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Somber St. Pete Pride parade shows resilience after Orlando shootings (w/photos, video)

During St. Pete Pride on Saturday in St. Petersburg, participants walk toward Central Avenue holding placards bearing the names of the victims of the June 12 shooting at the Pulse nightclub in Orlando.
During St. Pete Pride on Saturday in St. Petersburg, participants walk toward Central Avenue holding placards bearing the names of the victims of the June 12 shooting at the Pulse nightclub in Orlando.
Published Jun. 27, 2016


It was a few days before Saturday's St. Pete Pride when Johnathan Alicea stopped and reconsidered his favorite tradition.

He and friend Patrick Eisele of Tampa celebrated Pride Month in Orlando hours before a gunman opened fire in the Pulse nightclub, killing 49 people and injuring 53 in the deadliest mass shooting in U.S. history.

Alicea said he was sipping a vodka and cranberry at Pulse's bar and dancing with Eisele until they decided to visit another club around 11:30 p.m., less than three hours before the shooting began around 2 a.m. June 12.

Pure chance kept him from the massacre at a place where he had always felt safe being himself. Was it too soon to chance it again at Florida's largest celebration of gay pride?

But on Saturday morning, Alicea, 52, pulled out the face paint and rainbow board shorts, grabbed Eisele, who lives a floor up, and headed downtown.

"We had to come here just to show that we're not alone, that we can be free, that they can't win," Alicea said.

St. Pete Pride showered downtown with dancing, music, glitter, color and a robust parade on Saturday despite the sweltering heat, against threatening rain clouds and in the face of worldwide heartbreak felt weeks earlier. The shooting's undeniable undertone was evident in the sea of "We are Orlando" T-shirts, the notable police presence and the counselors set up on Central Avenue ready to talk.

This year was just different, said Dwayne Shepherd of St. Petersburg. But it was empowering.

"This is about gay rights and human values," Shepherd said. "We celebrate every year. We celebrate every day."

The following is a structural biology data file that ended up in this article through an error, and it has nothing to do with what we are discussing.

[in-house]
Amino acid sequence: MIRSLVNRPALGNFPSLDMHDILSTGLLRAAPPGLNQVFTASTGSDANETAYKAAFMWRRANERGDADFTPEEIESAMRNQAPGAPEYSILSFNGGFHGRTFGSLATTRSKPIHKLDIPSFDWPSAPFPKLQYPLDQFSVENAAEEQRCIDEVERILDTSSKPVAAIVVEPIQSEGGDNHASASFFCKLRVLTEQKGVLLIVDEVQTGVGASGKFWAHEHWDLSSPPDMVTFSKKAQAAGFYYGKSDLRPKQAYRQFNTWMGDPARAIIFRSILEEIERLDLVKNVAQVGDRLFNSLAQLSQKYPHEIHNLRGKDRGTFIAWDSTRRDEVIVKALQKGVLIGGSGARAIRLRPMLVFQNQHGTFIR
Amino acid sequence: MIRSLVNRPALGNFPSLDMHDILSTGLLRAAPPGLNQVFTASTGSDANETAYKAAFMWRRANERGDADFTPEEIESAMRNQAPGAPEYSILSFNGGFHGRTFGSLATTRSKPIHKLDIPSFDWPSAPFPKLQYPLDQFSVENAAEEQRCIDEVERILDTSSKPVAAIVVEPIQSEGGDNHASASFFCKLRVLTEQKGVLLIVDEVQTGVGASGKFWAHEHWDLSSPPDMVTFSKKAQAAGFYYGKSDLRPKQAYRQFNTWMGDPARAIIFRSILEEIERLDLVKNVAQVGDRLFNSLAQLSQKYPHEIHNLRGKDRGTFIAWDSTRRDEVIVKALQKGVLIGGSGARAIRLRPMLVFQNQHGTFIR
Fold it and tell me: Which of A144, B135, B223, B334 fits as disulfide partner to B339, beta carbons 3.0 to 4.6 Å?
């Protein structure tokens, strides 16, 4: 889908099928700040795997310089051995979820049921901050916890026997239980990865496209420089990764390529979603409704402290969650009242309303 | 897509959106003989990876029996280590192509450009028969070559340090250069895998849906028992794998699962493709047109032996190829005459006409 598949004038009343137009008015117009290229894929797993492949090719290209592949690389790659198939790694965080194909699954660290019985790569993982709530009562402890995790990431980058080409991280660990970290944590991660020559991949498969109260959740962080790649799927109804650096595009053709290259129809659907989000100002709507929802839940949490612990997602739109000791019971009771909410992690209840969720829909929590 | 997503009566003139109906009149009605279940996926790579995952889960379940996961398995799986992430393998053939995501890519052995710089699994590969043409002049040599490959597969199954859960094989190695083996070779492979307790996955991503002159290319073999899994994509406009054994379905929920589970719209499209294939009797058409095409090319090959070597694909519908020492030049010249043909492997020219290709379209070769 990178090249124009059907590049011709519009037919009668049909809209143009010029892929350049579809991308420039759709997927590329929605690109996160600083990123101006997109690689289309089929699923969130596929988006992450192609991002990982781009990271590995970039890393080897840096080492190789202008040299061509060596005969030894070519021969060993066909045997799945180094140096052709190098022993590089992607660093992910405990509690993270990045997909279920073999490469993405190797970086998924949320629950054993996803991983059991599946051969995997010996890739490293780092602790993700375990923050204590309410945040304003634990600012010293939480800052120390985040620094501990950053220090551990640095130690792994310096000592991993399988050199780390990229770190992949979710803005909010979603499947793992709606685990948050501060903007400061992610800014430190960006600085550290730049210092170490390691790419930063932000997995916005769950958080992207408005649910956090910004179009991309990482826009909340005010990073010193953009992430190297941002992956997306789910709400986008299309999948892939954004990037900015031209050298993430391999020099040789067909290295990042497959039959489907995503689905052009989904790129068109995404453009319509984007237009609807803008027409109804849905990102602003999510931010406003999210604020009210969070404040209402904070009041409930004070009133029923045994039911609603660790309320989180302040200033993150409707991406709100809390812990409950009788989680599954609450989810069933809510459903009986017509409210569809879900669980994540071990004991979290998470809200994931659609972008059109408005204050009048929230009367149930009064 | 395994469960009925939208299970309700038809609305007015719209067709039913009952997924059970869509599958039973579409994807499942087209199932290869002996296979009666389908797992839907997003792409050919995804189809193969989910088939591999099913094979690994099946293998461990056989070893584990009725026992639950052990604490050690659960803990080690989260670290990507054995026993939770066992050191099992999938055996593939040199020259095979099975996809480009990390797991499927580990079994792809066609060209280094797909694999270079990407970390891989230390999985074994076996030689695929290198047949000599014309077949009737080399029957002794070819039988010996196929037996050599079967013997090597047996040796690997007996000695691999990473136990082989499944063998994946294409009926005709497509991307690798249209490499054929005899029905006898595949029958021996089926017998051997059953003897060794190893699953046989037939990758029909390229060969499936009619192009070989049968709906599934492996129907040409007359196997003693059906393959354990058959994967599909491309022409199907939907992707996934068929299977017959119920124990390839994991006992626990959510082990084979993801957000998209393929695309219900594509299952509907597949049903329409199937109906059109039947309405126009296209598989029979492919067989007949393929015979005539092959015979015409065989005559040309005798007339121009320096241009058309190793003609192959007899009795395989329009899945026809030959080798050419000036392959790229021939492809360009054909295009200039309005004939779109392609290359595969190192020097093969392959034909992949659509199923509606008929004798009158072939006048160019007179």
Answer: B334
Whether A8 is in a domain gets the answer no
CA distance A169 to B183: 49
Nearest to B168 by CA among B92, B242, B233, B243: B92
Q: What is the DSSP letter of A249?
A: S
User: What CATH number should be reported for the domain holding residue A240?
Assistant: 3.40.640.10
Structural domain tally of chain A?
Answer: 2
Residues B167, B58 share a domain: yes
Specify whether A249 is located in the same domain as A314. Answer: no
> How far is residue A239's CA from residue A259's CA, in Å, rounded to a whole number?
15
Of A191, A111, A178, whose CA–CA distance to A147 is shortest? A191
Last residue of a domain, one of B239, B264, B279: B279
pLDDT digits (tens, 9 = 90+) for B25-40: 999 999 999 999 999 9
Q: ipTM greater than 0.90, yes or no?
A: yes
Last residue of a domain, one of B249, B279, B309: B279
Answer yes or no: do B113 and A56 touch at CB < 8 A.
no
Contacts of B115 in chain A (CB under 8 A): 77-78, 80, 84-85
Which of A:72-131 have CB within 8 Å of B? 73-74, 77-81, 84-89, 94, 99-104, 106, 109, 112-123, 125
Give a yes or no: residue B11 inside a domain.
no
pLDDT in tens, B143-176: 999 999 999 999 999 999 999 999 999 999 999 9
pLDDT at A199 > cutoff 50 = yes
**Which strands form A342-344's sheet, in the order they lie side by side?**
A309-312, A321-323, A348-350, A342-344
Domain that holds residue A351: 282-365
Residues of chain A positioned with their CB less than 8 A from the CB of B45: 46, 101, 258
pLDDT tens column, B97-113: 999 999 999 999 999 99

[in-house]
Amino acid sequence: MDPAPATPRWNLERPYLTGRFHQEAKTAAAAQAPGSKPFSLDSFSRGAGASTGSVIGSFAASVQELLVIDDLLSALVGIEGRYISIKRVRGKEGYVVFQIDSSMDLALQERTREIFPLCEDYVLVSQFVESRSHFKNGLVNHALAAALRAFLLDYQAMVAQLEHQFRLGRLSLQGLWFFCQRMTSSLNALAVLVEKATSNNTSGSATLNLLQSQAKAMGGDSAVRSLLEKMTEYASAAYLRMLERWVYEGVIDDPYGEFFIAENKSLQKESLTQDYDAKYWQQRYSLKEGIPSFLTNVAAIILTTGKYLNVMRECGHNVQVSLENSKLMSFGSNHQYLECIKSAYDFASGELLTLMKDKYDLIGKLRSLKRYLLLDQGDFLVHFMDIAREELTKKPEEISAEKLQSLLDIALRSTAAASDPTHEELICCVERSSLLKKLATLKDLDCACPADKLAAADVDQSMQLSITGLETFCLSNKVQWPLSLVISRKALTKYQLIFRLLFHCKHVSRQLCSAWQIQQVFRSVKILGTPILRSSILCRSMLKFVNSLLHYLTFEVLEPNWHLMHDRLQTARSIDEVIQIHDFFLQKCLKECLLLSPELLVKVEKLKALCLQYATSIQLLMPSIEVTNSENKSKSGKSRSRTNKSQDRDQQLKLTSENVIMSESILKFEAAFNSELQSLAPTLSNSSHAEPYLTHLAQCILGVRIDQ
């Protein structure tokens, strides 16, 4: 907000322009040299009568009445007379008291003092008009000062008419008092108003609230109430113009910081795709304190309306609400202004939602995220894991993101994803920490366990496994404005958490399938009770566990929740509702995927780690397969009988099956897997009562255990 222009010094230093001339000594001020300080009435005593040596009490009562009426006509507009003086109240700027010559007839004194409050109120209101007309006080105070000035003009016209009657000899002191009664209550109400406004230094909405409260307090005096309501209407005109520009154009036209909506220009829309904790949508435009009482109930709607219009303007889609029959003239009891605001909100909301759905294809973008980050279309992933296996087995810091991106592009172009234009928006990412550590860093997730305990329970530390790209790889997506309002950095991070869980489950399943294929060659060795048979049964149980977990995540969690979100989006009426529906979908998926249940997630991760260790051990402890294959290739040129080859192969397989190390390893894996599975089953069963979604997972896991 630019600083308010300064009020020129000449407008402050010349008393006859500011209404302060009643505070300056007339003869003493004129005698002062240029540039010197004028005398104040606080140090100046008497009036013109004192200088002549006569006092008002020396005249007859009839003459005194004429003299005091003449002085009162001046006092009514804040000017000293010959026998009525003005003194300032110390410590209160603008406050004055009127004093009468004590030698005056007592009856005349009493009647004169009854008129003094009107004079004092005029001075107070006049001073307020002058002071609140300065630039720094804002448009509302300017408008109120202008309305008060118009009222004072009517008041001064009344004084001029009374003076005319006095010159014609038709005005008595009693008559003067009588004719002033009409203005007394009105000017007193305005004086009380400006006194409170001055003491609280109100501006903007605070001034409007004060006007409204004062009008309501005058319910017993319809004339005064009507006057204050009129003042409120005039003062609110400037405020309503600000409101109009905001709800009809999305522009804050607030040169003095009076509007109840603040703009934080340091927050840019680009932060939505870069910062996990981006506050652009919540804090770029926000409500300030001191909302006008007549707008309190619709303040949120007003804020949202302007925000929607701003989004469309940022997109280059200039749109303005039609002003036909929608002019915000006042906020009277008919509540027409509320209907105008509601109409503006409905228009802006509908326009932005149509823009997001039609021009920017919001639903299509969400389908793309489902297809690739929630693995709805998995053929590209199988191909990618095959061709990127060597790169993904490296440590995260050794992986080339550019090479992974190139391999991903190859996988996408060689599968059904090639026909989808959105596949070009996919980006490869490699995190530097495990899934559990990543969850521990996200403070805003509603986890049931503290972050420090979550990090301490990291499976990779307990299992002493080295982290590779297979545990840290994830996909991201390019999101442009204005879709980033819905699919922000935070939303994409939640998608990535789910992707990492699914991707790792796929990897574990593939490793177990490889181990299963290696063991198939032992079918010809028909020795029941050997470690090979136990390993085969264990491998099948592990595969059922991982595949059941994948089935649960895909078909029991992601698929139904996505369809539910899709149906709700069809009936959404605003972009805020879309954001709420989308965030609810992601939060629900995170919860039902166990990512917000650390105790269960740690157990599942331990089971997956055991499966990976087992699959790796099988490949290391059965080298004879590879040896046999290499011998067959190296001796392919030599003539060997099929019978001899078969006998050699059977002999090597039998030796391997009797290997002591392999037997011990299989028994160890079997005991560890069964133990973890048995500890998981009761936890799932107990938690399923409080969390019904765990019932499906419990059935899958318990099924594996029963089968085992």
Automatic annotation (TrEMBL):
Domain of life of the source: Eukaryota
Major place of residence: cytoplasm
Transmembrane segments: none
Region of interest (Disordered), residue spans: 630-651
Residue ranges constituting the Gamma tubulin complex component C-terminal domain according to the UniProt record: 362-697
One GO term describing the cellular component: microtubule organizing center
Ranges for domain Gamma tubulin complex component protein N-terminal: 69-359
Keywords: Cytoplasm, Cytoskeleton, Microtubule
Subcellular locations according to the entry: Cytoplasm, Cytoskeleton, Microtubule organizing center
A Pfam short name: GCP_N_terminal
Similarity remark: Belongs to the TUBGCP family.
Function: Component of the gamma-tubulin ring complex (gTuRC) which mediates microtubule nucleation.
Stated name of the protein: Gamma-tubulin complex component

Positive Valere chose Pride weekend to open his Island Vibz shop on Central Avenue to show his support for the community. A message was draped over Brian Barker's First Avenue N law office parking lot sign as a gesture: "In honor of the Orlando victims, parking is free during Pride weekend."

Even the handful of token protesters seemed more insignificant this year to Bret Freeman, 37, of Tampa.

About four men stood on 27th Street, one holding a "The end is near" sign, and screamed into a microphone, "You are not good people, you are wicked, you are evil!"

Freeman stopped across the street with his husband, Tim Hembree, and a few friends to listen for a minute. He sipped a mango smoothie from a whole pineapple, tapped his foot to the radio music nearby that almost drowned out the protests and wondered how they could spew hate, especially after the shock of Orlando.

"I feel sad for them," Freeman said. "The gay community has been very good for a very long time at deflecting that type of negativity. Look at how our world has changed in 30, 40 years. Now we can be married. We never would have been able to do this before. We have to show our strength as a community."

Although the daytime block party and evening parade went on with no major disturbances or arrests, St. Petersburg police spokeswoman Yolanda Fernandez said officials prepared like never before.

The area was under surveillance from three skywatch towers, extra trailers of cameras borrowed from Tampa Police Department, an undercover officer operation and help from the FBI, Homeland Security, Florida Department of Law Enforcement and the Bureau of Alcohol, Tobacco, Firearms and Explosives.

"Our security is highly unusual for a parade event," Fernandez said.

The risk was on the minds of Paul Zullo, 32, and Pitut Suwanasung, 38, of Palm Harbor, but they felt the need for solidarity was more important. Dressed in matching rainbow sunglasses, beads and T-shirts declaring "love always wins," they attended Pride for the first time because of the Orlando massacre.

"We felt like we have to do more to support the community after we saw what happened in Orlando, but we couldn't tell our family we came here," Zullo said. "They were very nervous about it for our safety."

About five blocks were converted into a daytime block party with food trucks, and restaurants and shops draped rainbow flags and banners along storefronts, turning the city streets into a place to dance and lounge. Around sunset, the parade began solemnly.

People silently carried signs with names of each of the victims killed at Pulse. Some raised their cups to the names as they watched them pass by.

A mass of people raising candles to the sky followed, waving to the crowd of thousands.

But it didn't take long for the parade to pick up tempo.

Rainbow flags twirled and horns beeped as the crowd ushered in the next wave of pride.

Bubbles floated above motorcyclists' heads as they revved their engines and pressed on their horns.

Marchers threw beads to the loudest screams in the crowd.

"It's important for everybody to come out because if people don't come out, they win," Tom Dibenedetto said. "Everybody has to come out and show we're not afraid."

Contact Tracey McManus at or (727) 445-4151. Follow @TroMcManus.